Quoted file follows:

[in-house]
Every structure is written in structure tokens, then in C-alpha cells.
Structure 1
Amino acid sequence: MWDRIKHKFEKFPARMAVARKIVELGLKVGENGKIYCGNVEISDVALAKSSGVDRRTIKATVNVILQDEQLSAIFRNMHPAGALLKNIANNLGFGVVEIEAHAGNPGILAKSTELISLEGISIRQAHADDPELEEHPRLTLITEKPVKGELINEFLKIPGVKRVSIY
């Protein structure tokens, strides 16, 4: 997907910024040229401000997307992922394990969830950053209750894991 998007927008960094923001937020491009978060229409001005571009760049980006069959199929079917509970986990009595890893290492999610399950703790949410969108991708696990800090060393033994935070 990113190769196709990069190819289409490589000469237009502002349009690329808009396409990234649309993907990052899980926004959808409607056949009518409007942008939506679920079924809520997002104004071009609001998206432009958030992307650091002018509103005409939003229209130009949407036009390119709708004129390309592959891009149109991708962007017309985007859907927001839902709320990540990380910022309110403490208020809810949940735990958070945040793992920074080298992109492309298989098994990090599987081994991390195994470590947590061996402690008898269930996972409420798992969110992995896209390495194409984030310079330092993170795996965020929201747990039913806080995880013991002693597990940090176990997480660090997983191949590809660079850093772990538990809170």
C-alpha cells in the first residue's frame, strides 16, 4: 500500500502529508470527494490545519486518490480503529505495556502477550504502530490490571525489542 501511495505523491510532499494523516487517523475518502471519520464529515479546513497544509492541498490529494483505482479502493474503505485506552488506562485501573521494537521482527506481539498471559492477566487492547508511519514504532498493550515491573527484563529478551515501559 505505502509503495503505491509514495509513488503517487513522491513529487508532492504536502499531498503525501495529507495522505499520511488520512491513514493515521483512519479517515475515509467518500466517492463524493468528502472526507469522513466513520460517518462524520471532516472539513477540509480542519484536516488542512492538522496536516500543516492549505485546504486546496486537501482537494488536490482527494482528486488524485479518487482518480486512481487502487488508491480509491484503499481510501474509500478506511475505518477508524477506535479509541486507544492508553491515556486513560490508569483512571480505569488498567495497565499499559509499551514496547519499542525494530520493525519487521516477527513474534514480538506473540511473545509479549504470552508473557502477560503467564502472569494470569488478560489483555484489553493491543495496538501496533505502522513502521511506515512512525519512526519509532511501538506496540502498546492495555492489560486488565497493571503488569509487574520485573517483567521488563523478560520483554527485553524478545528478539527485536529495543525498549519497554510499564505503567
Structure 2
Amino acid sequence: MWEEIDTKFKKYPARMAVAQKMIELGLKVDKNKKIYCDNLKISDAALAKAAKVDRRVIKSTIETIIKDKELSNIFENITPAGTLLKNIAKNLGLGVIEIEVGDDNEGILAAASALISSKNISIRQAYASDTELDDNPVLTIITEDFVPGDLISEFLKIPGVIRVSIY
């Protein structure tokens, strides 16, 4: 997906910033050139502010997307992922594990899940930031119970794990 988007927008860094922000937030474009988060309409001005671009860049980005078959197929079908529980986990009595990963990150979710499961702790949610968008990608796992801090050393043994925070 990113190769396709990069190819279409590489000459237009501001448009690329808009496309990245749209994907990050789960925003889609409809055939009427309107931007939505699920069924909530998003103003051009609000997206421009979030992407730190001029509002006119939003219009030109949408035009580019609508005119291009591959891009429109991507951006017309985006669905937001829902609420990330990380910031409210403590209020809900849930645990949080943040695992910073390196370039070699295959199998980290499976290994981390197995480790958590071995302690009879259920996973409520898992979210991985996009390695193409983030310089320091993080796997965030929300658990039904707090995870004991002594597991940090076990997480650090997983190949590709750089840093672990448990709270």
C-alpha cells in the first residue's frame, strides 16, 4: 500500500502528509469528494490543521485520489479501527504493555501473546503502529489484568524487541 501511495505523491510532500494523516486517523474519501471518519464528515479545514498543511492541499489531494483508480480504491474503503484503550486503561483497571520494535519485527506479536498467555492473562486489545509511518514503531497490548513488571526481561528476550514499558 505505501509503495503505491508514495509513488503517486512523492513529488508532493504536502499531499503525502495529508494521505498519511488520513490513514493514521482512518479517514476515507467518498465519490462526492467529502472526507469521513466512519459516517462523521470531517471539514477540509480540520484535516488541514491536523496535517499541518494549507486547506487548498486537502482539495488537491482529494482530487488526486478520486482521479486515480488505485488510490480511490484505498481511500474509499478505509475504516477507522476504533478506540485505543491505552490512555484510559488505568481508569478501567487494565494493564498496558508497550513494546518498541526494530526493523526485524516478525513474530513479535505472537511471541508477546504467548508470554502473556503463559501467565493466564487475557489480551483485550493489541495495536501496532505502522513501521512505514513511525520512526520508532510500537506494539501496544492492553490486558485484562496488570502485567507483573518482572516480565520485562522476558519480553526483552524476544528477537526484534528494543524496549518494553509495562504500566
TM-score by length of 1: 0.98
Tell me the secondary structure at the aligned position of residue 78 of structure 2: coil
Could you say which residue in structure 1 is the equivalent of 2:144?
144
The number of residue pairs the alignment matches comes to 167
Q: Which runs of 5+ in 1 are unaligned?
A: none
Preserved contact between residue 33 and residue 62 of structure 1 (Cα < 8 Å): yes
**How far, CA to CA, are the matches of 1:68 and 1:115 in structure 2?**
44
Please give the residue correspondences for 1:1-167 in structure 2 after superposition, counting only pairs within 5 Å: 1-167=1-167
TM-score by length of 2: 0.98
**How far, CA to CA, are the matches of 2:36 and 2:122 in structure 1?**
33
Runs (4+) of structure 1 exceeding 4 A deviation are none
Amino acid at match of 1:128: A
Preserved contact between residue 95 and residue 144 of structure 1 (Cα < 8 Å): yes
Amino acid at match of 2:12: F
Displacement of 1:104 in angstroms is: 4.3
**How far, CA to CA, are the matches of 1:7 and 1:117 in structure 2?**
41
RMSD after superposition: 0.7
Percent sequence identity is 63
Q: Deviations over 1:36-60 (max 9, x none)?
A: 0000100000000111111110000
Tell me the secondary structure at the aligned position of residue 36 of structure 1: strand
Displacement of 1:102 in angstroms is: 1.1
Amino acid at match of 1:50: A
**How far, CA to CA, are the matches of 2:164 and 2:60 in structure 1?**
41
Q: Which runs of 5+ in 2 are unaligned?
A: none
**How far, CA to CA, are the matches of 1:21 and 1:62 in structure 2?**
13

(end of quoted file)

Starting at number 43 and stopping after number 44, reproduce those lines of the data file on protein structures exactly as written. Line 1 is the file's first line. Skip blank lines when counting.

**How far, CA to CA, are the matches of 1:21 and 1:62 in structure 2?**
13